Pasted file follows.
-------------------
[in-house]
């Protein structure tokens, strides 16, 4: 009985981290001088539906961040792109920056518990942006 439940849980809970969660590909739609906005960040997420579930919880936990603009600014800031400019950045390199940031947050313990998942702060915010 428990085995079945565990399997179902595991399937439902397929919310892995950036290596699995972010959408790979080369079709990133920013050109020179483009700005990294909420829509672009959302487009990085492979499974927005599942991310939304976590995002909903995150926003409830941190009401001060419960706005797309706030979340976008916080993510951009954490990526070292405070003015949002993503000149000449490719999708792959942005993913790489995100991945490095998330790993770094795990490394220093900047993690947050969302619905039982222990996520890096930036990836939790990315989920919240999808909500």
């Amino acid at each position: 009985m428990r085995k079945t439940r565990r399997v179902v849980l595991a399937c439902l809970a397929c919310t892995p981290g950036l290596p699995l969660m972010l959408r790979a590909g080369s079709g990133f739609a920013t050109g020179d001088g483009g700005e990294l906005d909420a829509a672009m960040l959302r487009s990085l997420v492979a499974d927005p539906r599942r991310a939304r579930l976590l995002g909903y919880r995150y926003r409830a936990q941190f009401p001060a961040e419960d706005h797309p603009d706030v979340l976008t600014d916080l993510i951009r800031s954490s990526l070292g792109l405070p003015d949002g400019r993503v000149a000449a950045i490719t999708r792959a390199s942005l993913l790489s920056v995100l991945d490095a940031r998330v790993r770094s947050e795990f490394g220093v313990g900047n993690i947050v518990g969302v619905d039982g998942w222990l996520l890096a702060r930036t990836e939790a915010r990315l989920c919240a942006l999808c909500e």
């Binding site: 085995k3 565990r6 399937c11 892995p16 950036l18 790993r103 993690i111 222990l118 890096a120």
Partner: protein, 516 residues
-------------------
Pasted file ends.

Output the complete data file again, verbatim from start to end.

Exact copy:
[in-house]
């Protein structure tokens, strides 16, 4: 009985981290001088539906961040792109920056518990942006 439940849980809970969660590909739609906005960040997420579930919880936990603009600014800031400019950045390199940031947050313990998942702060915010 428990085995079945565990399997179902595991399937439902397929919310892995950036290596699995972010959408790979080369079709990133920013050109020179483009700005990294909420829509672009959302487009990085492979499974927005599942991310939304976590995002909903995150926003409830941190009401001060419960706005797309706030979340976008916080993510951009954490990526070292405070003015949002993503000149000449490719999708792959942005993913790489995100991945490095998330790993770094795990490394220093900047993690947050969302619905039982222990996520890096930036990836939790990315989920919240999808909500």
């Amino acid at each position: 009985m428990r085995k079945t439940r565990r399997v179902v849980l595991a399937c439902l809970a397929c919310t892995p981290g950036l290596p699995l969660m972010l959408r790979a590909g080369s079709g990133f739609a920013t050109g020179d001088g483009g700005e990294l906005d909420a829509a672009m960040l959302r487009s990085l997420v492979a499974d927005p539906r599942r991310a939304r579930l976590l995002g909903y919880r995150y926003r409830a936990q941190f009401p001060a961040e419960d706005h797309p603009d706030v979340l976008t600014d916080l993510i951009r800031s954490s990526l070292g792109l405070p003015d949002g400019r993503v000149a000449a950045i490719t999708r792959a390199s942005l993913l790489s920056v995100l991945d490095a940031r998330v790993r770094s947050e795990f490394g220093v313990g900047n993690i947050v518990g969302v619905d039982g998942w222990l996520l890096a702060r930036t990836e939790a915010r990315l989920c919240a942006l999808c909500e």
């Binding site: 085995k3 565990r6 399937c11 892995p16 950036l18 790993r103 993690i111 222990l118 890096a120």
Partner: protein, 516 residues